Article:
Promoting Professional Development and Best Practice in EE
Water education for sustainability: criteria and recommendations
Three Criteria for Effective Behavior Change Messaging
In the face of environmental issues such as drought, encouraging consumers to voluntarily change their behavior—in this case, to use less water—is a difficult, but critical, challenge. Many nonprofit organizations and resource management divisions are taking up this challenge through the use of conservation messaging. The authors of this paper worked with one such nonprofit in Phoenix, Arizona, to increase the effectiveness of their locally run water conservation program. Based on empirical and theoretical research about how people learn, the authors proposed three criteria for effective conservation messaging. These criteria were then applied to the evaluation of the Phoenix program to provide practical suggestions for how the program could be more effective.
The scholars first outlined three criteria for encouraging sustainable behaviors within conservation-focused organizations by summarizing the relevant academic literature. These three criteria deal with the type of knowledge conveyed, the delivery method, and the target audience. The first criterion is that the type of knowledge that is shared with audiences needs to be tailored toward behavior change. In particular, when organizations focus on specialized areas of knowledge, such as water conservation, the information needs to be both procedural and impact-based (i.e., outline the procedure for the behavior change and the impact it will have). Informational knowledge, such as stating, “We are are in a drought,” is less effective than saying “Save over 15 gallons of water by taking a shower instead of bath.” In other words, effective messaging provides people with the “how” of the behavior (i.e., “Take showers instead of baths.”) and also describes the impact of the behavior (i.e., “This will save 15 gallons of water.”).
The second criterion describes effective delivery methods. Research has shown that one-way delivery methods are much less effective than two-way, interactive methods that are reflective and collaborative. Two-way delivery methods mean that, if information is being shared by an organization, audience members have an opportunity to share their thoughts, questions, and opinions about the issue with the organization that delivered the message. Another example is within a classroom where the teacher and students are engaged in a dialogue. This type of interaction helps build trust in both the organization (or teacher) and in the knowledge being conveyed.
The third and final criterion the scholars recommend is that the organization must have an effective and clear target audience in mind. The researchers stress the importance of focusing on local leaders and those who have a disproportionate effect on the project goals. It is also wise to focus on those who may have the means and ability to take up the desired behavior. If the organization wishes to change driving habits, for example, the target audience should be adults who drive rather than adults who primarily use public transportation.
Next, the authors used these three outlined criteria to study the effectiveness of a water education program in Phoenix. They collected data through surveys and interviews with 20 managers involved in the project. They determined that the Phoenix water education effort did not meet any of their outlined criteria; therefore, it was much less effective than it could be. The content of the education program was mainly informational and focused on knowledge around education standards, drinking-water safety, and the water cycle. The delivery methods were all one-way and comprised of books, informational booths, and printed media. Last, the targeted audience was mainly children, who have little agency in making water conservation decisions. The scholars argued that the program should instead target the group who uses the most water: affluent homeowners.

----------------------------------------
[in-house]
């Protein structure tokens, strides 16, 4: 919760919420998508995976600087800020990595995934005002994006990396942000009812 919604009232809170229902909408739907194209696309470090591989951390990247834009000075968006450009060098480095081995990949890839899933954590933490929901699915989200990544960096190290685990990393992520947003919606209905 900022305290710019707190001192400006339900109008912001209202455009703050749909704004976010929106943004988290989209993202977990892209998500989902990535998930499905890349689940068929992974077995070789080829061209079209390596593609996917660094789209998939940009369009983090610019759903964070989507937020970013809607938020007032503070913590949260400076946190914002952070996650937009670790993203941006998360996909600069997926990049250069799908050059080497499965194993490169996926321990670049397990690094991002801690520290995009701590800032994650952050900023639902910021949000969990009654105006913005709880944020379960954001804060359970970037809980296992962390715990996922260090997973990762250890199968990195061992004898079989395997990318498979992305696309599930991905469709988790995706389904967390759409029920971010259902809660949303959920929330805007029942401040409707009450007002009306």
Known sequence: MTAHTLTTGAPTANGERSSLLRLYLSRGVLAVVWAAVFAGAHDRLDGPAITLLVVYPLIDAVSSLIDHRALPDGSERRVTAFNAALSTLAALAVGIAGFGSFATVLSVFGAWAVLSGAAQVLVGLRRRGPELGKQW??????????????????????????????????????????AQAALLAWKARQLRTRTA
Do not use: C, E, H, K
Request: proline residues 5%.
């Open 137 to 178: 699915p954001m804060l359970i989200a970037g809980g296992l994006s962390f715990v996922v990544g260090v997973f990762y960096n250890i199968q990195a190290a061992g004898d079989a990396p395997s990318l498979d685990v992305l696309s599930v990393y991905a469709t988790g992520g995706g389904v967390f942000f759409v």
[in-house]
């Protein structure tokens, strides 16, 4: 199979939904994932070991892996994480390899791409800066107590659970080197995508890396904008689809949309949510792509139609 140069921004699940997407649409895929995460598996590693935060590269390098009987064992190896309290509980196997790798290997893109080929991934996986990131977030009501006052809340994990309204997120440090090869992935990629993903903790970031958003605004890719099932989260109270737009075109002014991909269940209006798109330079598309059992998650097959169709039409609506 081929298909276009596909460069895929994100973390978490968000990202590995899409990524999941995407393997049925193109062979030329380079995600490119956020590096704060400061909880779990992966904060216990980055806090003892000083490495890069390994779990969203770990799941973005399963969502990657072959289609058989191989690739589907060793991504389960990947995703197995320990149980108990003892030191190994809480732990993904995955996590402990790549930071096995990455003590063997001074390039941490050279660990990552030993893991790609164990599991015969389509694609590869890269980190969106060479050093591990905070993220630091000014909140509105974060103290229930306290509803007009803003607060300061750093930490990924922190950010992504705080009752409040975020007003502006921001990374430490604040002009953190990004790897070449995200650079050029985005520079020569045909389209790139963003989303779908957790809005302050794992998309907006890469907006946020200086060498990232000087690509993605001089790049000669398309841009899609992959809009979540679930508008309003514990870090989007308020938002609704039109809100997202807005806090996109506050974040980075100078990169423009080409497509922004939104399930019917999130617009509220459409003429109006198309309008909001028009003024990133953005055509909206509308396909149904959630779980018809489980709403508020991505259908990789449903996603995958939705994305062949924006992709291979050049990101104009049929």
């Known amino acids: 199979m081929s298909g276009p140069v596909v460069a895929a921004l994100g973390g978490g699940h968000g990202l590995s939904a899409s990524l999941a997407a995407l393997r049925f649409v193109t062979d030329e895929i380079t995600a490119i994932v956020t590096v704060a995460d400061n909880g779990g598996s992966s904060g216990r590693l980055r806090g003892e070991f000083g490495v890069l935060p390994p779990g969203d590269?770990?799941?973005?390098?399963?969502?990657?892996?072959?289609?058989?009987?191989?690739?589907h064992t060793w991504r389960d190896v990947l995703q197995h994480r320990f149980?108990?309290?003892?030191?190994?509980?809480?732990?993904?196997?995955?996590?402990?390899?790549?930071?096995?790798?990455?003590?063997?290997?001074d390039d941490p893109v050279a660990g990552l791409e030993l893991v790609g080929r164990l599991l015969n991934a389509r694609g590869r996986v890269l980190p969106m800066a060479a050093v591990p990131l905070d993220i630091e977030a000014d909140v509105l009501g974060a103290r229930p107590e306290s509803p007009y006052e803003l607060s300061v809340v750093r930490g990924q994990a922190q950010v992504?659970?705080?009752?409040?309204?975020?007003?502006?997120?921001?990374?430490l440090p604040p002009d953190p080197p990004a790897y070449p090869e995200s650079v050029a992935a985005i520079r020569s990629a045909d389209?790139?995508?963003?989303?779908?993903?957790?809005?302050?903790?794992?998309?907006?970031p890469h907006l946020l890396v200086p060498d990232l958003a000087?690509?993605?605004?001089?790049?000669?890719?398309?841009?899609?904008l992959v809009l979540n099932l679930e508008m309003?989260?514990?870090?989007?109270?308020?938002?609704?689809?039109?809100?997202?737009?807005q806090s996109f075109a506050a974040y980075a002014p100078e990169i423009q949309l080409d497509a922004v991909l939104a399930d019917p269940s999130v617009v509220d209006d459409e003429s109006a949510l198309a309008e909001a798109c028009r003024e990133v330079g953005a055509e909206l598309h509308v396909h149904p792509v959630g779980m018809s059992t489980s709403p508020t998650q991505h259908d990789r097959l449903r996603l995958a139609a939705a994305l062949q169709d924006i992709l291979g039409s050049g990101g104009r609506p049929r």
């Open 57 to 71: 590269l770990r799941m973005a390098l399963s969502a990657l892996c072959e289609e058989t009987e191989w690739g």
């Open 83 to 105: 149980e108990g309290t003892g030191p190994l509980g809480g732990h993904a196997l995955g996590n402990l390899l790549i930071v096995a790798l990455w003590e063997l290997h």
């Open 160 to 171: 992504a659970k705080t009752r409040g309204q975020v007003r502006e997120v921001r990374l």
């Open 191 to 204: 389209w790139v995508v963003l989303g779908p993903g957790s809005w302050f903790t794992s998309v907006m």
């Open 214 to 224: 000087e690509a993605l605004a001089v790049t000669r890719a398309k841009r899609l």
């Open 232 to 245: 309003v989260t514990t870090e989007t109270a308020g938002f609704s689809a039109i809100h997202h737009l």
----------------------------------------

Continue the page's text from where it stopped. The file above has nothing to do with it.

Based on their evaluation, the authors recommended that the Phoenix program incorporate more procedural and impact-based knowledge, adapt interactive educational techniques, and tailor programs to specific actions and relevant populations. They also acknowledged that, despite their findings, this information might be highly contextualized to this particular program, and it is difficult to measure how effective these criteria are at actually reducing water usage over a large population.
The Bottom Line
To more effectively reach people with conservation messaging, the authors recommend following three criteria. First, educators can make sure that the information they share is focused on how to adapt a conservation behavior and the impact it will have, rather than just providing general content-based information about the problem. Stating that carpooling to work saves gas and reduces traffic is more effective at changing behavior than saying, “The average American uses 500 gallons of gas per year driving to and from work.” Second, involve people in the learning process by giving them the chance to interact and engage in activities rather than just sharing information. Last, make sure the programs and messages are reaching the audience that matters; i.e., if the focus is on conserving water, target the population that uses the most water and has the ability to change the behavior.